Saturday, August 9, 2014

DiMaggio, The Dog at Home Plate

His name is DiMaggio.  I don’t know who named him, but all the locals know who he is.  He’s big, and dark, and of uncertain parentage.  I wonder if he’s lonely.

He lives next to the baseball diamond, north of home plate.  Actually, he also lives behind the restaurant called Home Plate.  He lurks back in the forest.  Sometimes I glimpse him peeking out. Sometimes I see him standing boldly in front of the trees. But the one time I tried to approach him, he melted back into the woods and never reappeared.  I watched for him throughout my salad, entrée, dessert course, and one last cup of coffee. But he didn’t show himself again.

Arkansas has lots of homeless dogs.  Last week, a dog appeared out of nowhere in front of my car and then slid into the tall grass by the highway, but not before I saw her teats, hanging low, but not plump with milk.  I hoped she had found something to eat and drink.  I wondered how many of her babies would live.  And what would become of them if they did.  Wish I could have brought them all home.  But I couldn’t.

But back to DiMaggio.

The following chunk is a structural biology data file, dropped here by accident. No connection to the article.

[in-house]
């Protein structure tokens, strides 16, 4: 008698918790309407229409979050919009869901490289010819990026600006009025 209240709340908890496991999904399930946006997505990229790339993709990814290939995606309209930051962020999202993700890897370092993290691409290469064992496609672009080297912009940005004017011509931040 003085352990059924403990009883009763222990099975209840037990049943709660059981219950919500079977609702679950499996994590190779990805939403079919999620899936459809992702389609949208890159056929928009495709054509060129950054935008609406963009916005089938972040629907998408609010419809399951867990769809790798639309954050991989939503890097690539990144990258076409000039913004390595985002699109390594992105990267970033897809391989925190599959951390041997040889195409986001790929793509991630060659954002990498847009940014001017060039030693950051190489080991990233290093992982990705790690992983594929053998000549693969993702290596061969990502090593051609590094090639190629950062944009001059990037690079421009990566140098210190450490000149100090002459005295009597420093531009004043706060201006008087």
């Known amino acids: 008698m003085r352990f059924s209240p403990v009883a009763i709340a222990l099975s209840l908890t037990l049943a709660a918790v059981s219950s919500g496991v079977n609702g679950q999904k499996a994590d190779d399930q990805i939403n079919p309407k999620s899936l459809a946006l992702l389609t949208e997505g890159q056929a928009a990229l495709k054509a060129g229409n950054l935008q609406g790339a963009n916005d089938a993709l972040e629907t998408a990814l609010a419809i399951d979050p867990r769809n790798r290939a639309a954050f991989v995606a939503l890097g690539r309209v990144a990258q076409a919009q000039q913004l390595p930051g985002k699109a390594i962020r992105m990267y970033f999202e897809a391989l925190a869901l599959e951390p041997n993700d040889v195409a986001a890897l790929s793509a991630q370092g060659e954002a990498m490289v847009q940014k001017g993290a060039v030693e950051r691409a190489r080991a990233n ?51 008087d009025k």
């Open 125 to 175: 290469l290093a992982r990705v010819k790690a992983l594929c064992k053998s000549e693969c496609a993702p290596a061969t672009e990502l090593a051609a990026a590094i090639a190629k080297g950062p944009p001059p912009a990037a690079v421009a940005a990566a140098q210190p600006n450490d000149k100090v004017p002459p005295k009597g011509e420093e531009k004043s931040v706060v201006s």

He doesn’t have a family, and I wonder if he’s lonely.  But he does have a house.  Some good Samaritan built him a doghouse.  Nice doghouse.  Man just did what he could do to help a homeless dog.

And DiMaggio has enough to eat.  Local folks bring him food, and every night, the manager of Home Plate takes him a feast: scraps of steak, liver, catfish fillets.  Some black-eyed peas and hush puppies.  Maybe a taste of apple pie. Not the healthiest of diets for a dog, but delicious fare nonetheless, and enough to fill his belly. 

Good people live here.  Too many homeless dogs to care for, but good people doing what they can for this one homeless dog.

Wish I could bring him home.  Wish I could bring them all home.  But I can’t.  For every human baby born in America, 6.3 puppies are born: 4 million human babies, 25 ½ million dog babies a year. 

I don’t know if we’ll ever become a “spay and neuter nation” and stop the madness.  I don’t know what’s going to become of all the dear, homeless dogs.

But for now, for today, I will be thankful for the good people who built a doghouse and feed one homeless dog every day.  DiMaggio.  The dog who lives north of the baseball diamond behind Home Plate café.  DiMaggio.  May the Lord bless you and keep you.  And the people who do the best they can to care for you every day.  



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